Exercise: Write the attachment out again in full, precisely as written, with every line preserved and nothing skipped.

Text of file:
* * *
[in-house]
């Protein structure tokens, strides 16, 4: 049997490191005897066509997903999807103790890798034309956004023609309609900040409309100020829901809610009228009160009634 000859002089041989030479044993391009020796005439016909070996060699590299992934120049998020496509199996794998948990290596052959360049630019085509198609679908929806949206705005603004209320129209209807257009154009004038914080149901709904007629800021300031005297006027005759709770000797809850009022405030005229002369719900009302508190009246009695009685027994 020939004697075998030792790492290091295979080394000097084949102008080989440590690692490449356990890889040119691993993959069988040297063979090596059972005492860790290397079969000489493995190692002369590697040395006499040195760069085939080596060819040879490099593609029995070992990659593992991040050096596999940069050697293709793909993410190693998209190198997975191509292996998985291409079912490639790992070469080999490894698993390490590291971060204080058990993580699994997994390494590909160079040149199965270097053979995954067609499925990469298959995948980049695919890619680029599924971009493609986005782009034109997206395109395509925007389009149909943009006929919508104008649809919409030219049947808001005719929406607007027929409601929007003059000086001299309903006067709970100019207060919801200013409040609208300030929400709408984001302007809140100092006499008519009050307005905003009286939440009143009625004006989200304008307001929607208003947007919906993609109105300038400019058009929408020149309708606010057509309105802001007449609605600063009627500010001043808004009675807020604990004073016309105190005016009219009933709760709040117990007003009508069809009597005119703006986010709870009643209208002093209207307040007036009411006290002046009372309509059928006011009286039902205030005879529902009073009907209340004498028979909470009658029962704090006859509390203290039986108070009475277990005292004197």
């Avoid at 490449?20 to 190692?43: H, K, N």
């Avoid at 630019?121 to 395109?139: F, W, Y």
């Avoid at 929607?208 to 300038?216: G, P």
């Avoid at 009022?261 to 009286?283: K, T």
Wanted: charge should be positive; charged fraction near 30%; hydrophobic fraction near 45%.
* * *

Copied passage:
[in-house]
């Protein structure tokens, strides 16, 4: 049997490191005897066509997903999807103790890798034309956004023609309609900040409309100020829901809610009228009160009634 000859002089041989030479044993391009020796005439016909070996060699590299992934120049998020496509199996794998948990290596052959360049630019085509198609679908929806949206705005603004209320129209209807257009154009004038914080149901709904007629800021300031005297006027005759709770000797809850009022405030005229002369719900009302508190009246009695009685027994 020939004697075998030792790492290091295979080394000097084949102008080989440590690692490449356990890889040119691993993959069988040297063979090596059972005492860790290397079969000489493995190692002369590697040395006499040195760069085939080596060819040879490099593609029995070992990659593992991040050096596999940069050697293709793909993410190693998209190198997975191509292996998985291409079912490639790992070469080999490894698993390490590291971060204080058990993580699994997994390494590909160079040149199965270097053979995954067609499925990469298959995948980049695919890619680029599924971009493609986005782009034109997206395109395509925007389009149909943009006929919508104008649809919409030219049947808001005719929406607007027929409601929007003059000086001299309903006067709970100019207060919801200013409040609208300030929400709408984001302007809140100092006499008519009050307005905003009286939440009143009625004006989200304008307001929607208003947007919906993609109105300038400019058009929408020149309708606010057509309105802001007449609605600063009627500010001043808004009675807020604990004073016309105190005016009219009933709760709040117990007003009508069809009597005119703006986010709870009643209208002093209207307040007036009411006290002046009372309509059928006011009286039902205030005879529902009073009907209340004498028979909470009658029962704090006859509390203290039986108070009475277990005292004197």
């Avoid at 490449?20 to 190692?43: H, K, N």
């Avoid at 630019?121 to 395109?139: F, W, Y």
């Avoid at 929607?208 to 300038?216: G, P």
């Avoid at 009022?261 to 009286?283: K, T």
Wanted: charge should be positive; charged fraction near 30%; hydrophobic fraction near 45%.